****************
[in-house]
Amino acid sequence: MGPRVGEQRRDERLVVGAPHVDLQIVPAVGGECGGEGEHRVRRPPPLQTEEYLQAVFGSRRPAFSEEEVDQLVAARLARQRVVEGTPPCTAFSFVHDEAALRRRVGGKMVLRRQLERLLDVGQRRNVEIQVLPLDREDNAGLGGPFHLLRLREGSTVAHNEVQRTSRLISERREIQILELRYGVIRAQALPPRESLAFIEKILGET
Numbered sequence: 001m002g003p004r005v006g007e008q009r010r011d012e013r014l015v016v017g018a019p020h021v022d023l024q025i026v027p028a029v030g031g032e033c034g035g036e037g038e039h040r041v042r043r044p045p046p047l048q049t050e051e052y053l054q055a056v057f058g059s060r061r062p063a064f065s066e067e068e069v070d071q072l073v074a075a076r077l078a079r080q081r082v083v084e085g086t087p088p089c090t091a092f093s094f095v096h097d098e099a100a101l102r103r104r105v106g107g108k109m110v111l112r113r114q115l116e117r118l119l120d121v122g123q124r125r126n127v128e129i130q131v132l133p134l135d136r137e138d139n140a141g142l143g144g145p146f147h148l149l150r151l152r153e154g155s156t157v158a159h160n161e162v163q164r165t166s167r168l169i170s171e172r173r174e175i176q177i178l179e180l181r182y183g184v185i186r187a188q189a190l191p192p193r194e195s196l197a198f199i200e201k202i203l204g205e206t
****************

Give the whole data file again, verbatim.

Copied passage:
[in-house]
Amino acid sequence: MGPRVGEQRRDERLVVGAPHVDLQIVPAVGGECGGEGEHRVRRPPPLQTEEYLQAVFGSRRPAFSEEEVDQLVAARLARQRVVEGTPPCTAFSFVHDEAALRRRVGGKMVLRRQLERLLDVGQRRNVEIQVLPLDREDNAGLGGPFHLLRLREGSTVAHNEVQRTSRLISERREIQILELRYGVIRAQALPPRESLAFIEKILGET
Numbered sequence: 001m002g003p004r005v006g007e008q009r010r011d012e013r014l015v016v017g018a019p020h021v022d023l024q025i026v027p028a029v030g031g032e033c034g035g036e037g038e039h040r041v042r043r044p045p046p047l048q049t050e051e052y053l054q055a056v057f058g059s060r061r062p063a064f065s066e067e068e069v070d071q072l073v074a075a076r077l078a079r080q081r082v083v084e085g086t087p088p089c090t091a092f093s094f095v096h097d098e099a100a101l102r103r104r105v106g107g108k109m110v111l112r113r114q115l116e117r118l119l120d121v122g123q124r125r126n127v128e129i130q131v132l133p134l135d136r137e138d139n140a141g142l143g144g145p146f147h148l149l150r151l152r153e154g155s156t157v158a159h160n161e162v163q164r165t166s167r168l169i170s171e172r173r174e175i176q177i178l179e180l181r182y183g184v185i186r187a188q189a190l191p192p193r194e195s196l197a198f199i200e201k202i203l204g205e206t